Oliver Wyman is a fantastic narrator. I think he did the best he could with what he had to work with.
Sentra (again, sorry if misspelled). I think that of all the characters I didn't connect to, she is the one who was the least likable or interesting. Her mysteriousness was forced, Finch's attachment to her was unrealistic, and her motivations weren't interesting enough to hold my attention.
This book did indeed try to kill me. I listen to audiobooks during my lengthy commute to and from work, and this book did its best to put me to sleep. I thought it was just me being tired, but in the middle of this book I dropped it, switched to another one I had in my list, and the encroaching sleep wore off.
This book failed to engage my attention enough to finish it. It may be different for others, but the style of writing, the characters, and the setting itself did not hold my attention.
Really hard to compare it to anything else; detective noir, weird, fantastical, and literarily masterful.
Finch and Shriek
Who the hell can listen to 15 hrs of book in one sitting? No, that's ridiculous. I listened to it over several days..........moron.
Check this out, but read Shriek: an Afterword first, otherwise, a lot won't make sense.
Don't know what I want to be when I grow up. Trip's cool though. Use Audible to make gym-training sane... And rip my imagination.
Zzzzzzzzzzz... "What? Huh? Oh.... did I nod off listening to Finch? Sorry because I reeeeely do mean to finish... finish.... fin...". Zzzzzzzzzzz......
"Oh.... Where am I? Oh yeah, listening to Finch and ..... HOLY S&%T!!!! Slime! There's decaying, stinking slime all over my... my... m y...." Zzzzzzz...
"WHAT? Go away... Go... Um... Ooops sorry... Where was I? Oh yeah, pretension... wanted to say something about pretentious garbled... garbled.... GOOD GOD!!!! Did you smell that? That ooozing stuff that's dripping from the lanced sore in whatever the hell that ... that thing is that.... that.... seems to spell doom to the doped species who... who...I can't seem to care about and.... "
The premise of the story is unusual to put it mildly. The mixture of science fiction and mystery is good, but I find it hard to stay involved. The characters are thin and unsympathetic. The world the detective inhabit seems dark and without hope. Others authors have done this better.
I have to admit first that I did not finish Finch. It is written in such a way that you feel like you should know thing that were not brought forward. I gave up after 4 chapters. It is written in a very strange way. Almost just thoughts and not really telling me a story. I can't say a lot about the reader, Oliver Wyman, because I don't think he had a lot to work with. It left me wishing I had a way to get my money back.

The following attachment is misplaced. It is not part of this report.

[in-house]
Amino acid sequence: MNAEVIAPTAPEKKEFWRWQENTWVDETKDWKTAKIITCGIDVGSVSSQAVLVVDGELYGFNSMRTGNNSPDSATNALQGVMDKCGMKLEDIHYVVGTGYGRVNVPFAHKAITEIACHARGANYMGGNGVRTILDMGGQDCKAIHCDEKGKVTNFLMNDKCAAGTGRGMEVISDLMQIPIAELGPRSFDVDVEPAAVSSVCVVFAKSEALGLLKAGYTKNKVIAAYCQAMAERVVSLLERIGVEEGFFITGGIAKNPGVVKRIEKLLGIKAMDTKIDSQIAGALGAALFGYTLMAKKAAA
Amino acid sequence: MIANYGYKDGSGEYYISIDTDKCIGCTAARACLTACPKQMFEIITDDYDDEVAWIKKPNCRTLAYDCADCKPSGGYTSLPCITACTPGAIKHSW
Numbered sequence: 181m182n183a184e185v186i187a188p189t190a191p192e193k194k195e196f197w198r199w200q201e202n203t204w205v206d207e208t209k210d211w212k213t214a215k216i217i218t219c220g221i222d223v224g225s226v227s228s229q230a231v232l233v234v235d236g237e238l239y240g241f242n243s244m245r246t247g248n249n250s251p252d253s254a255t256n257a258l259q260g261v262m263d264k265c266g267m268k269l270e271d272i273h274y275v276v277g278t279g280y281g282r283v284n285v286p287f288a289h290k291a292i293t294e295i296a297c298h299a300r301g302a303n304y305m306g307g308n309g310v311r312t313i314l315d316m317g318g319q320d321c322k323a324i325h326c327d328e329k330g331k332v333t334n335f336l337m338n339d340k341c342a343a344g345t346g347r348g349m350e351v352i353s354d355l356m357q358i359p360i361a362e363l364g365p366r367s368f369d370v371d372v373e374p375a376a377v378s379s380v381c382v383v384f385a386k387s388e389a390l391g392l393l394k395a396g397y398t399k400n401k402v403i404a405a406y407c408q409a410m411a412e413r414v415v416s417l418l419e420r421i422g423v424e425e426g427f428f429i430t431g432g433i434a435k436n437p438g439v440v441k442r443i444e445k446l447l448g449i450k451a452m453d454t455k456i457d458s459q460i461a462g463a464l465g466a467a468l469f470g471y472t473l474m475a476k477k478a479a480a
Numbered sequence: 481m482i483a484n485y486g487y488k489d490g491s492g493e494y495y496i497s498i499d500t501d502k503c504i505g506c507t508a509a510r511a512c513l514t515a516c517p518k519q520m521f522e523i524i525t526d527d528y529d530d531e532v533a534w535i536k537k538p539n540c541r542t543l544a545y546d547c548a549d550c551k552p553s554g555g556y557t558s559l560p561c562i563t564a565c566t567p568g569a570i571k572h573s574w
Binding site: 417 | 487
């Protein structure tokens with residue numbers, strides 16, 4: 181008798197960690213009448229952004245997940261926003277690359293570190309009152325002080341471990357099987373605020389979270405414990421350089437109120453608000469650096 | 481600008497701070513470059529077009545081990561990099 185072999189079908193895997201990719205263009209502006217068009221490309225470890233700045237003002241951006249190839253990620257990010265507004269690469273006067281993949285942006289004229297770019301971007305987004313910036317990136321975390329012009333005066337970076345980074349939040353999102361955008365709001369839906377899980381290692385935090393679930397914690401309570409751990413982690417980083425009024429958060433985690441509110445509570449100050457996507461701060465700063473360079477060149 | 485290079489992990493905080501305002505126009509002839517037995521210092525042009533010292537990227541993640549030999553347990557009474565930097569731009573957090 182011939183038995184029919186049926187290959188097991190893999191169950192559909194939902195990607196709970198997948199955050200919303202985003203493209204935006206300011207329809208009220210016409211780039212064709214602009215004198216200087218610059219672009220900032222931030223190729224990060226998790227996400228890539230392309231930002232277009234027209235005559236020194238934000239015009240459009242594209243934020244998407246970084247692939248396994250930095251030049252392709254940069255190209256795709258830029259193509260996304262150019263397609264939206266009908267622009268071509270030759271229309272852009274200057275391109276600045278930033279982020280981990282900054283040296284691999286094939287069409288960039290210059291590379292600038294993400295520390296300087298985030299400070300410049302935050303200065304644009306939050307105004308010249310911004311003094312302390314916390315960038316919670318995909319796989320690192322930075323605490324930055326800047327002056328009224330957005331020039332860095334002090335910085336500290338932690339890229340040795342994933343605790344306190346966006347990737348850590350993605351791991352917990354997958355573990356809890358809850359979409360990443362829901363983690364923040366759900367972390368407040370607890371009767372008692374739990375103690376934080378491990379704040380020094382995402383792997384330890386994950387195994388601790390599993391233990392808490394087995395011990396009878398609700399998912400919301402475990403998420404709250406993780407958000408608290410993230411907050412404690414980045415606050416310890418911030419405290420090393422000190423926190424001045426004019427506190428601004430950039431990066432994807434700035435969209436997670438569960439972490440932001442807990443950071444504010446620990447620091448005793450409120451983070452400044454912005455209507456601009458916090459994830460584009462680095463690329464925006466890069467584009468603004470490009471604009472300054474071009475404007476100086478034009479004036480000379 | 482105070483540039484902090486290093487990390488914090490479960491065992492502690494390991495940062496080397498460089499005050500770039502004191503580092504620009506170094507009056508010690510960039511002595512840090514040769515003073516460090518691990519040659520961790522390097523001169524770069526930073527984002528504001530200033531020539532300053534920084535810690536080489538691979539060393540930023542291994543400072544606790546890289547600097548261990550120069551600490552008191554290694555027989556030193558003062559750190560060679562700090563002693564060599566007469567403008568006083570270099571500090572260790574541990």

This isn't a review so much as it is a recommendation. Get this book. The production, the narration, the story itself, is all well worth your credit!
Hello, I enjoyed this book only after some time had passed since i finished it. This author takes on a very big story and leaves you filling in some details yourself and dragging others out with fewer answers and more questions. It took a while for the author to get to the "Aha" moment and it was hard to care at that point. The world that Jeff builds is good and I hope to see more.
Hire different talent and re-record.
Not sure yet - I'm abandoning the audiobook for the printed version before this awful performance makes me hate the story.
Yes, to purchase the printed version.
VanderMeer is a fascinating writer. Unfortunately, this book has been tainted by a very hackneyed read. Instead of trying unsuccessfully to "do noir-esque voices," Wyman really should have just gone with a neutral tone, and maybe given it a little energy.His dry, quiet, sedate impression of what an actor in a film noir does is awful. Just awful.
The best characteristic of Finch is definitely the hero-action/environment-description balance. I could also easily hate the bad guys. My least favorite part was that I could predict the final roles and closing scenes for key players, with a few exceptions. The descriptions of the boats, guns, and the tastes of the edibles in the story made my skin crawl. in both a good and bad way.
I really got into the way the various story threads ended up winding together. Some parts of the "doors" were left off the hinges. One scene with the main character and a Partial that involved a dream sequence was riveting and unpredictable, which made me want to go back and listen to previous parts to complete the picture of just what the Partials were capable of.
The slowly rumbling voices and the placement of music overlays were some of the best elements of the performance. There were moments of change in voice pitch that were not done very well when it was narrative or the main character speaking.
I could not see this story made into a movie or TV series, as the CGI budget would have to be enormous.